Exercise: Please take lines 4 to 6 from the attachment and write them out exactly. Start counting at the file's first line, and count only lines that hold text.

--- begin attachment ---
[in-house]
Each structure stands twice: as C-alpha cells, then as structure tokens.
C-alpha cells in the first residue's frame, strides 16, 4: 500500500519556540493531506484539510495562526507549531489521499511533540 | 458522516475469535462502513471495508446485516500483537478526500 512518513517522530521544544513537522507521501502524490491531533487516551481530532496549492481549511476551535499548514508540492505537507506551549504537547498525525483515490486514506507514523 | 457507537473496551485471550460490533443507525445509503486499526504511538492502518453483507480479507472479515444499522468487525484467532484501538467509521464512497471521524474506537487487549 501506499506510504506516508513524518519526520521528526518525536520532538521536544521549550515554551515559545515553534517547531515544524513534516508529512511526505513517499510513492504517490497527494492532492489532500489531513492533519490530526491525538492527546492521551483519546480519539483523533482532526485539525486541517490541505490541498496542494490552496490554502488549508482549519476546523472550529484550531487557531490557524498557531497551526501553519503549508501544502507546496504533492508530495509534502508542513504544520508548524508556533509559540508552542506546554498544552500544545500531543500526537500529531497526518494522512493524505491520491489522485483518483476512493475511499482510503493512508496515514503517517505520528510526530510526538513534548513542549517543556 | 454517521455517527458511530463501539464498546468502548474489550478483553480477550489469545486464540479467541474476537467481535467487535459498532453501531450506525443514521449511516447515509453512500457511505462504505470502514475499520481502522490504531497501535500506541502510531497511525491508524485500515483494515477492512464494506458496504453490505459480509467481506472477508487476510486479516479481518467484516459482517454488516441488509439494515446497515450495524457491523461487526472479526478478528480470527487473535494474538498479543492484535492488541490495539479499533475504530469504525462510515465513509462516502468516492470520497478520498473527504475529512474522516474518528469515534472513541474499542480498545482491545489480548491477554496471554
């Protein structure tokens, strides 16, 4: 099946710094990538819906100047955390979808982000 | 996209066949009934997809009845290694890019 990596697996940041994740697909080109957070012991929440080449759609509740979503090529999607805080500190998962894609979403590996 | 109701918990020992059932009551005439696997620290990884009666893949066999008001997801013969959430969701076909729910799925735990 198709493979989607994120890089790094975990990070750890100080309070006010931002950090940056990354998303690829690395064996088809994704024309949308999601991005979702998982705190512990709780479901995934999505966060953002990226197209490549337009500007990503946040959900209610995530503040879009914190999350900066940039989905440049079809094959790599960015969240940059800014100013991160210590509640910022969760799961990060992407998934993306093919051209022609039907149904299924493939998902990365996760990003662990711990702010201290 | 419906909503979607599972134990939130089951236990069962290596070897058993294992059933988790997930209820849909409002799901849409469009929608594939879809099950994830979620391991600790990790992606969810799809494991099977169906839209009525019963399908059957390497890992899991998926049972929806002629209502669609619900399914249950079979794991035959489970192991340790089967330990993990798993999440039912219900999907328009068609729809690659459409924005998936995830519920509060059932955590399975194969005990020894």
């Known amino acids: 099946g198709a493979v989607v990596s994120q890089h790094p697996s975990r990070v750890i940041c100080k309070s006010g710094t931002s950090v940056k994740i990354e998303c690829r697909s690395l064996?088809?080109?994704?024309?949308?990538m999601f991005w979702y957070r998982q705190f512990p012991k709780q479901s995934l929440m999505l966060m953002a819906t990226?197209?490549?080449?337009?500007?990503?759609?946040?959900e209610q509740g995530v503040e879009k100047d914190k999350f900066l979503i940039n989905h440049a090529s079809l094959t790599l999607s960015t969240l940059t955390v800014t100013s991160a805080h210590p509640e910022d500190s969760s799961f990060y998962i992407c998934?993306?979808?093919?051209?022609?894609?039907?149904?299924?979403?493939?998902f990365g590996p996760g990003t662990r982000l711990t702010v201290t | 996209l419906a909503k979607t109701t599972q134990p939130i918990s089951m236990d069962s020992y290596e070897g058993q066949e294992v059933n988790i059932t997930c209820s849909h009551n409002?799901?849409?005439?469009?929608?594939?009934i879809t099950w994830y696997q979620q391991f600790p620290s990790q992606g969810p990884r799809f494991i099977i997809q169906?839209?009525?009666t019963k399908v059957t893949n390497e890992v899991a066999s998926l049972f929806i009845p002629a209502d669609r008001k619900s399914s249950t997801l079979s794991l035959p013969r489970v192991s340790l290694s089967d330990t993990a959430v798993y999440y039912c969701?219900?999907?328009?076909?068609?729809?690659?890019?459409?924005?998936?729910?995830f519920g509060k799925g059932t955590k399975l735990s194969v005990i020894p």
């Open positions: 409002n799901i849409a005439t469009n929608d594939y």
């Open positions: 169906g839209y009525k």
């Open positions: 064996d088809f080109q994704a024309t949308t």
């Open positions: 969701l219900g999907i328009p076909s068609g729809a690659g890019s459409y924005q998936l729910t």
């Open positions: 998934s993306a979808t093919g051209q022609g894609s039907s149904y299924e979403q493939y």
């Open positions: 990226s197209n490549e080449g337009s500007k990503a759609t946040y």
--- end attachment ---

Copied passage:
């Protein structure tokens, strides 16, 4: 099946710094990538819906100047955390979808982000 | 996209066949009934997809009845290694890019 990596697996940041994740697909080109957070012991929440080449759609509740979503090529999607805080500190998962894609979403590996 | 109701918990020992059932009551005439696997620290990884009666893949066999008001997801013969959430969701076909729910799925735990 198709493979989607994120890089790094975990990070750890100080309070006010931002950090940056990354998303690829690395064996088809994704024309949308999601991005979702998982705190512990709780479901995934999505966060953002990226197209490549337009500007990503946040959900209610995530503040879009914190999350900066940039989905440049079809094959790599960015969240940059800014100013991160210590509640910022969760799961990060992407998934993306093919051209022609039907149904299924493939998902990365996760990003662990711990702010201290 | 419906909503979607599972134990939130089951236990069962290596070897058993294992059933988790997930209820849909409002799901849409469009929608594939879809099950994830979620391991600790990790992606969810799809494991099977169906839209009525019963399908059957390497890992899991998926049972929806002629209502669609619900399914249950079979794991035959489970192991340790089967330990993990798993999440039912219900999907328009068609729809690659459409924005998936995830519920509060059932955590399975194969005990020894």
């Known amino acids: 099946g198709a493979v989607v990596s994120q890089h790094p697996s975990r990070v750890i940041c100080k309070s006010g710094t931002s950090v940056k994740i990354e998303c690829r697909s690395l064996?088809?080109?994704?024309?949308?990538m999601f991005w979702y957070r998982q705190f512990p012991k709780q479901s995934l929440m999505l966060m953002a819906t990226?197209?490549?080449?337009?500007?990503?759609?946040?959900e209610q509740g995530v503040e879009k100047d914190k999350f900066l979503i940039n989905h440049a090529s079809l094959t790599l999607s960015t969240l940059t955390v800014t100013s991160a805080h210590p509640e910022d500190s969760s799961f990060y998962i992407c998934?993306?979808?093919?051209?022609?894609?039907?149904?299924?979403?493939?998902f990365g590996p996760g990003t662990r982000l711990t702010v201290t | 996209l419906a909503k979607t109701t599972q134990p939130i918990s089951m236990d069962s020992y290596e070897g058993q066949e294992v059933n988790i059932t997930c209820s849909h009551n409002?799901?849409?005439?469009?929608?594939?009934i879809t099950w994830y696997q979620q391991f600790p620290s990790q992606g969810p990884r799809f494991i099977i997809q169906?839209?009525?009666t019963k399908v059957t893949n390497e890992v899991a066999s998926l049972f929806i009845p002629a209502d669609r008001k619900s399914s249950t997801l079979s794991l035959p013969r489970v192991s340790l290694s089967d330990t993990a959430v798993y999440y039912c969701?219900?999907?328009?076909?068609?729809?690659?890019?459409?924005?998936?729910?995830f519920g509060k799925g059932t955590k399975l735990s194969v005990i020894p």
């Open positions: 409002n799901i849409a005439t469009n929608d594939y």